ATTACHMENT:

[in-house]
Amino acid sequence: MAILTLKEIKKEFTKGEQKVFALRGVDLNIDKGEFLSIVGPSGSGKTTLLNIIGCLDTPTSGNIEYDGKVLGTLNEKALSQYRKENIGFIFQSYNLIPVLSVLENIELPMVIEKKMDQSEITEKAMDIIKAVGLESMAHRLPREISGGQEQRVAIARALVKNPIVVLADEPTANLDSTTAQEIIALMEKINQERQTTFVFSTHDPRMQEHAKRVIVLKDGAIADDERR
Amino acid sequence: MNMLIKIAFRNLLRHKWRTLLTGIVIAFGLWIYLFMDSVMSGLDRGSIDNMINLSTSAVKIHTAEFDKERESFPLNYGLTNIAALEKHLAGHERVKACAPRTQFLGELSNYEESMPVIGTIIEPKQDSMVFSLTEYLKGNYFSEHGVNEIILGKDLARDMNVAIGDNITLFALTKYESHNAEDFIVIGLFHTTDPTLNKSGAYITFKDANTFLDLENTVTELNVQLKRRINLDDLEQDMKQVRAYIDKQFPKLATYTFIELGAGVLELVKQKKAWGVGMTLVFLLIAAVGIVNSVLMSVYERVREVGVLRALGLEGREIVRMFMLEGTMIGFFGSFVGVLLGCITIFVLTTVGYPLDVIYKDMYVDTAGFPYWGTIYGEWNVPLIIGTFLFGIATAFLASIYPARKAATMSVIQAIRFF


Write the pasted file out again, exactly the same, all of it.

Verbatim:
[in-house]
Amino acid sequence: MAILTLKEIKKEFTKGEQKVFALRGVDLNIDKGEFLSIVGPSGSGKTTLLNIIGCLDTPTSGNIEYDGKVLGTLNEKALSQYRKENIGFIFQSYNLIPVLSVLENIELPMVIEKKMDQSEITEKAMDIIKAVGLESMAHRLPREISGGQEQRVAIARALVKNPIVVLADEPTANLDSTTAQEIIALMEKINQERQTTFVFSTHDPRMQEHAKRVIVLKDGAIADDERR
Amino acid sequence: MNMLIKIAFRNLLRHKWRTLLTGIVIAFGLWIYLFMDSVMSGLDRGSIDNMINLSTSAVKIHTAEFDKERESFPLNYGLTNIAALEKHLAGHERVKACAPRTQFLGELSNYEESMPVIGTIIEPKQDSMVFSLTEYLKGNYFSEHGVNEIILGKDLARDMNVAIGDNITLFALTKYESHNAEDFIVIGLFHTTDPTLNKSGAYITFKDANTFLDLENTVTELNVQLKRRINLDDLEQDMKQVRAYIDKQFPKLATYTFIELGAGVLELVKQKKAWGVGMTLVFLLIAAVGIVNSVLMSVYERVREVGVLRALGLEGREIVRMFMLEGTMIGFFGSFVGVLLGCITIFVLTTVGYPLDVIYKDMYVDTAGFPYWGTIYGEWNVPLIIGTFLFGIATAFLASIYPARKAATMSVIQAIRFF